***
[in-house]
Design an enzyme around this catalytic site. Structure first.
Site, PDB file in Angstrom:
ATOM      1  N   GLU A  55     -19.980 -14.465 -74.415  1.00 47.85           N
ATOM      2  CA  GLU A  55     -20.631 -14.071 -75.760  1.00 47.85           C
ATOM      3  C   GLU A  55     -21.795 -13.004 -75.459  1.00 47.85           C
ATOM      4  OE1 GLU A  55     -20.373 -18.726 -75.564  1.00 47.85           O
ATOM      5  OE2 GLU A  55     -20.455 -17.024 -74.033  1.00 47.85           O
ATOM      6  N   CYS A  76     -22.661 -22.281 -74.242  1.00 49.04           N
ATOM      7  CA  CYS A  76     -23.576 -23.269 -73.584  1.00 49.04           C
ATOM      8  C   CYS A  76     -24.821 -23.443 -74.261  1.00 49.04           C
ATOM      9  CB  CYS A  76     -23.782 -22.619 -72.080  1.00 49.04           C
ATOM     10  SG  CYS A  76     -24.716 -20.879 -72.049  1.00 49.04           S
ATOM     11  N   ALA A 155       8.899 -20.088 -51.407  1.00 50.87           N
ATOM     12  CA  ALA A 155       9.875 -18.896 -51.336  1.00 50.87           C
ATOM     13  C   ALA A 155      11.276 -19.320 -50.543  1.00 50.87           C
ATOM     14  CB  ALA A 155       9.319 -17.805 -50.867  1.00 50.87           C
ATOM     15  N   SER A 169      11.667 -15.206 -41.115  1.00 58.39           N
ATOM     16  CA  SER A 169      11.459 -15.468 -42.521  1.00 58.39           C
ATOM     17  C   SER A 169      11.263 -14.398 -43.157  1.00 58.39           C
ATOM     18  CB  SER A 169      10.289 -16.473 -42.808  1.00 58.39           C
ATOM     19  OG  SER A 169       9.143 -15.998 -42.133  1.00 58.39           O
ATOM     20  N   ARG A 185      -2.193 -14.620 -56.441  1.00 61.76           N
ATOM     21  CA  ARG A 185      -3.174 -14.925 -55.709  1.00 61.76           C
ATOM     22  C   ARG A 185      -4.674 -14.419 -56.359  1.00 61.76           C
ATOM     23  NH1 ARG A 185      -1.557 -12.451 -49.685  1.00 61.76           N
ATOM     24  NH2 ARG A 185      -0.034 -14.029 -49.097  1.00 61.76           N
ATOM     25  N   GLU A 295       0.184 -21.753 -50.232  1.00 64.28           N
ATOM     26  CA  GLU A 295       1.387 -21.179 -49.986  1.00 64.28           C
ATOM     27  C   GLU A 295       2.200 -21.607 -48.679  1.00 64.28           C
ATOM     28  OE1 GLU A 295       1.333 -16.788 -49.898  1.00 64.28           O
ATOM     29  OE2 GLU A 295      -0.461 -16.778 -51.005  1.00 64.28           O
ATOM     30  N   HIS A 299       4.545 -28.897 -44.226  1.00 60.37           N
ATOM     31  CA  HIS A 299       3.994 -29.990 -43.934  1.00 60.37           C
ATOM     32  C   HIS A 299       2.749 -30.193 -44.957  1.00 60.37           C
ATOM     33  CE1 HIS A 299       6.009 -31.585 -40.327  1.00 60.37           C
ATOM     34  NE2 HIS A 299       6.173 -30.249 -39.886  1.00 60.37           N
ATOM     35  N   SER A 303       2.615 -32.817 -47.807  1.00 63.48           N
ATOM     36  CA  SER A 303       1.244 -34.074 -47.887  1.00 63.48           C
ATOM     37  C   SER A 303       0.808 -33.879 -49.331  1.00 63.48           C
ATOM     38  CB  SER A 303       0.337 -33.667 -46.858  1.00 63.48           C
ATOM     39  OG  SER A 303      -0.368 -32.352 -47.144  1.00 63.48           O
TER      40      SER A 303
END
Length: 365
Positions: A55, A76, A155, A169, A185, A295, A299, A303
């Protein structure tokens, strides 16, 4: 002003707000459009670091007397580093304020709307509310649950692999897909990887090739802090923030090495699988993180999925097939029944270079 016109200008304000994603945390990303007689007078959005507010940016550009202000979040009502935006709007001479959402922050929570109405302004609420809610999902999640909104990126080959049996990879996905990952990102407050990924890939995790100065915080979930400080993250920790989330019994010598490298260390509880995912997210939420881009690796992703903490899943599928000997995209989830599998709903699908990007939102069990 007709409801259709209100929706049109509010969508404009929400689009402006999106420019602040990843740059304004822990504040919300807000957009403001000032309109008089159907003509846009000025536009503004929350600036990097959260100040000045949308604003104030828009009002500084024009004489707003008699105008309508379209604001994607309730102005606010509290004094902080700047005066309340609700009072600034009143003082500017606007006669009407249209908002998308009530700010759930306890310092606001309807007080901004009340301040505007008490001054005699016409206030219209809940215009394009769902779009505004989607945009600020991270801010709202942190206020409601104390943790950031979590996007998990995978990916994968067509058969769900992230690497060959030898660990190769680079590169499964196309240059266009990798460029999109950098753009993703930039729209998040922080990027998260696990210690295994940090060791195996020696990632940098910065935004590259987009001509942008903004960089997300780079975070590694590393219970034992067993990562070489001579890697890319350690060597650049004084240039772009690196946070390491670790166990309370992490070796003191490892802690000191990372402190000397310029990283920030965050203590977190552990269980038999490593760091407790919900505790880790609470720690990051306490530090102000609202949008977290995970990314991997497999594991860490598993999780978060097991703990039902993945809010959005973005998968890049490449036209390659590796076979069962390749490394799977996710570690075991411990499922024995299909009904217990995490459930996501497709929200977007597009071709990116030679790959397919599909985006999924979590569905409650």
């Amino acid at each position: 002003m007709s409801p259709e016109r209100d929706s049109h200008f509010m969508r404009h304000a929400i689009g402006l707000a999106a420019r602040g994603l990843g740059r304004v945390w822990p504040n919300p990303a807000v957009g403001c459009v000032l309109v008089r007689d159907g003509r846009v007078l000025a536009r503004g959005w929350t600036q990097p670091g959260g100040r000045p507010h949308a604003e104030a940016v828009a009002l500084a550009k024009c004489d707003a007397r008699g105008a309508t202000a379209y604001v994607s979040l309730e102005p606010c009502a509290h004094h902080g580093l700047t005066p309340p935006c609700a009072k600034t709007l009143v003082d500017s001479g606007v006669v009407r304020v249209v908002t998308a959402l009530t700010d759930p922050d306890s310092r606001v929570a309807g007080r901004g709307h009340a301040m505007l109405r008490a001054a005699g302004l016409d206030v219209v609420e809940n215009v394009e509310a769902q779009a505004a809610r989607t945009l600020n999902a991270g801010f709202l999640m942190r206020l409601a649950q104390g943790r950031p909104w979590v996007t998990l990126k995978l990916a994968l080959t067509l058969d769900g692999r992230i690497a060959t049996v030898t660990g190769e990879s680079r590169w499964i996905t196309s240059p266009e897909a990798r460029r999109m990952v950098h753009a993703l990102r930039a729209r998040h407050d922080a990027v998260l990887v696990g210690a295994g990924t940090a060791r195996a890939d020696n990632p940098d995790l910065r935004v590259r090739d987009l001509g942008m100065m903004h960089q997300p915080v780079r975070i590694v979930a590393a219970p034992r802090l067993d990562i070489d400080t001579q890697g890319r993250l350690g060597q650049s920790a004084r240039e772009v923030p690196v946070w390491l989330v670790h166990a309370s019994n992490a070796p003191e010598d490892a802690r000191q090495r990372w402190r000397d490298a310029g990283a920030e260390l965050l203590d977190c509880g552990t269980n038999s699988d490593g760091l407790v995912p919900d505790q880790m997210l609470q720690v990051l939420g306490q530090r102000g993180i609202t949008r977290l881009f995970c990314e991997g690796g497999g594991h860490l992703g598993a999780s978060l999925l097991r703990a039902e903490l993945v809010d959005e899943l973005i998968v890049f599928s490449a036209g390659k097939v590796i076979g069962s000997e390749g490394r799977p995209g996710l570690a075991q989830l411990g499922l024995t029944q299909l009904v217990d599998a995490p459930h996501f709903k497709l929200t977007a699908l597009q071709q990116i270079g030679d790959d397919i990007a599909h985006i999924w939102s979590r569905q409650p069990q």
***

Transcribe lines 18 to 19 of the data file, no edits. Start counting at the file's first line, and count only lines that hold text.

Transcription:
ATOM     15  N   SER A 169      11.667 -15.206 -41.115  1.00 58.39           N
ATOM     16  CA  SER A 169      11.459 -15.468 -42.521  1.00 58.39           C